Generally, the France of the 1950s was not an especially jolly era. Still recovering from the war, it was still a fairly rural country. Some old and new fortunes gathered in Paris, its sunny Riviera and other industrial cities, but the average French family was far from wealthy.

Fleming’s France was different. His version was more in keeping with the burgeoning luxury of Monaco and the Côte d’Azur. Though, from Èze to Nice and Villefranche-sur-Mer to the renamed Villa Octopussy (which is actually at Cap Saint-Pierre in Saint-Tropez, nowhere near Jamaica), the famed Riviera features in the films much more than the books. 

Aside from Bond tracking Goldfinger’s car through France in the story of the same name, Dijon and Paris are the main French cities described in 1957’s From Russia With Love. The French capital is where it’s revealed (in a later reminisce in From A View To A Kill) that Bond had lost his virginity at the age of 16. Moreover, the fifth book (and second film) is also the story where a Russian dossier about him details how the iconic spy spent two months in 1939 at the Monte Carlo Casino monitoring a Romanian group cheating before the Deuxième Bureau closed them down, culminating in a spooky epilogue at Paris’s famed Ritz hotel from where Princess Diana was later chased to her death.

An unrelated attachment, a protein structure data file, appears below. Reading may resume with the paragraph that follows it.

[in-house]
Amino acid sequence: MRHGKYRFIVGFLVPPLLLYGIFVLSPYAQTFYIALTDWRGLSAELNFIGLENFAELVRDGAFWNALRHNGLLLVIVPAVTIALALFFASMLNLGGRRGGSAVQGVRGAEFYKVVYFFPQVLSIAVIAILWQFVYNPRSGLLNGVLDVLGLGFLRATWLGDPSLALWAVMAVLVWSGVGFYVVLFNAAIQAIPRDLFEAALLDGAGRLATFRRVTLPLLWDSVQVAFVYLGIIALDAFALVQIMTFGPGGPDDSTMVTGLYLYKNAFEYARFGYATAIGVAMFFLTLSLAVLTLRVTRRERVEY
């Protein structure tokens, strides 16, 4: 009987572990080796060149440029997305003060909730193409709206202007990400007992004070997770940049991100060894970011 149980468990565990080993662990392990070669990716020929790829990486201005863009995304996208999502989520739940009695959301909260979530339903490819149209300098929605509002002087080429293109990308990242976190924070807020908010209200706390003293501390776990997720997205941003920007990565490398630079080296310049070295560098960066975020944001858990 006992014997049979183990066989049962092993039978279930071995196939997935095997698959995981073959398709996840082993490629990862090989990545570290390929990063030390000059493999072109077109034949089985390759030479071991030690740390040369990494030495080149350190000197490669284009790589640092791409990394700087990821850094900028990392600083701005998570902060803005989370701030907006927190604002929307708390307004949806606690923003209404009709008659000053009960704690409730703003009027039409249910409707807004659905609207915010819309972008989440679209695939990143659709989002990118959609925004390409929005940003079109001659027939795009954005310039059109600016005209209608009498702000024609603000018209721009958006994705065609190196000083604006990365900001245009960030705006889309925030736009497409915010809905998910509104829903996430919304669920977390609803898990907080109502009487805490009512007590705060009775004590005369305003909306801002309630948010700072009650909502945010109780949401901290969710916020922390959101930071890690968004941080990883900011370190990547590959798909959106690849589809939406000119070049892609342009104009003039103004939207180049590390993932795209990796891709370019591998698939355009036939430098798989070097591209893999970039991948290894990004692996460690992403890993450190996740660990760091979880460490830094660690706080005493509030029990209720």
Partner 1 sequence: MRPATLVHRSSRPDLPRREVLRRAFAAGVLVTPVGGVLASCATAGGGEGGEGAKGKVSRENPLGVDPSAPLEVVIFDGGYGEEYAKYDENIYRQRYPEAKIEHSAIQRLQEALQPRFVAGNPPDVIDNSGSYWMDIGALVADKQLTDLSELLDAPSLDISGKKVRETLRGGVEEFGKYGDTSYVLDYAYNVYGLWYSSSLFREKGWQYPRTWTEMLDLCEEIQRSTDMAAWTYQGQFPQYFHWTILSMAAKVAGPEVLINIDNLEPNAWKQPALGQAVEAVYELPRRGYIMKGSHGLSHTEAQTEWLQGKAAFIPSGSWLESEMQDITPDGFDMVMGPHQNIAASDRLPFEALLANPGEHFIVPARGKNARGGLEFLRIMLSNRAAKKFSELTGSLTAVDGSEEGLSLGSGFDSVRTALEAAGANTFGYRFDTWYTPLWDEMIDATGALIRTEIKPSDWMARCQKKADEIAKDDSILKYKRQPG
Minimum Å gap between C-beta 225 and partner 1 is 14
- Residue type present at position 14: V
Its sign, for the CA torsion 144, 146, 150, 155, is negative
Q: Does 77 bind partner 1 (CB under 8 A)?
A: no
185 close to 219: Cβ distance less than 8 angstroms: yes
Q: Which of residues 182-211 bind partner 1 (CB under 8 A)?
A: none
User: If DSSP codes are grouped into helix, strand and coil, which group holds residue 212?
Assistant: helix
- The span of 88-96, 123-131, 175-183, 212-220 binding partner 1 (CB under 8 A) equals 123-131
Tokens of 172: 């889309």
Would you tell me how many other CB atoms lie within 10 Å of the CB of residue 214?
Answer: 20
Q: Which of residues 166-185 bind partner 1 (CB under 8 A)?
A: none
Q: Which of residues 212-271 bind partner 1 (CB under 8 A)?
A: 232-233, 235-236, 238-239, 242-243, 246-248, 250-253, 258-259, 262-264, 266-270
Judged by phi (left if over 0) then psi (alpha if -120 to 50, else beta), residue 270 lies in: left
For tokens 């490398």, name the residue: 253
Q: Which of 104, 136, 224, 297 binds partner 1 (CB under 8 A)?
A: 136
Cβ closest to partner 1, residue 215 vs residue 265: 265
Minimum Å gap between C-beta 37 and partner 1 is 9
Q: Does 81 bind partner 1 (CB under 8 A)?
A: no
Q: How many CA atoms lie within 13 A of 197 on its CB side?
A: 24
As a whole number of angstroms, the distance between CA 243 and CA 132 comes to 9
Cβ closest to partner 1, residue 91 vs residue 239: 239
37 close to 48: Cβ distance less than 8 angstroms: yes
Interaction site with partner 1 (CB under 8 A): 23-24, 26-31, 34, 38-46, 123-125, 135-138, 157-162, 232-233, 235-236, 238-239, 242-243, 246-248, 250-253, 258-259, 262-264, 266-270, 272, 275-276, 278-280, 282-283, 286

With escapism and adventure paramount, the locations were ultimately the ideal antidote to Britain’s postwar austerity, rationing and the creeping realisation of lost power. As he presents it, however, the northern city Fleming describes is a fading one; far from the excitement of more dynamic destinations. However, the place still has that certain charm of its aristocratic past: old buildings with impeccable service; a sense of luxury concealing the economic downfall of the city; old bourgeoisie spending their fading fortunes, as well as the old ways of life living by the sea.

Like many other places that have been visited by Bond, Fleming provides us with an abundance of detail. And after Dr No was a box office smash, Fleming slightly retconned the character to provide the blunt instrument with a back story that gave him a Scottish father and a mother who was French-speaking Swiss.

And on that note, it’s time to say Goodbye Mr Bond. But if you wish to read more on Fleming and his offering of the titular role of Dr No to his Jamaica neighbour Noël Coward, well, here’s one I prepared earlier.

Steve Pafford, Nice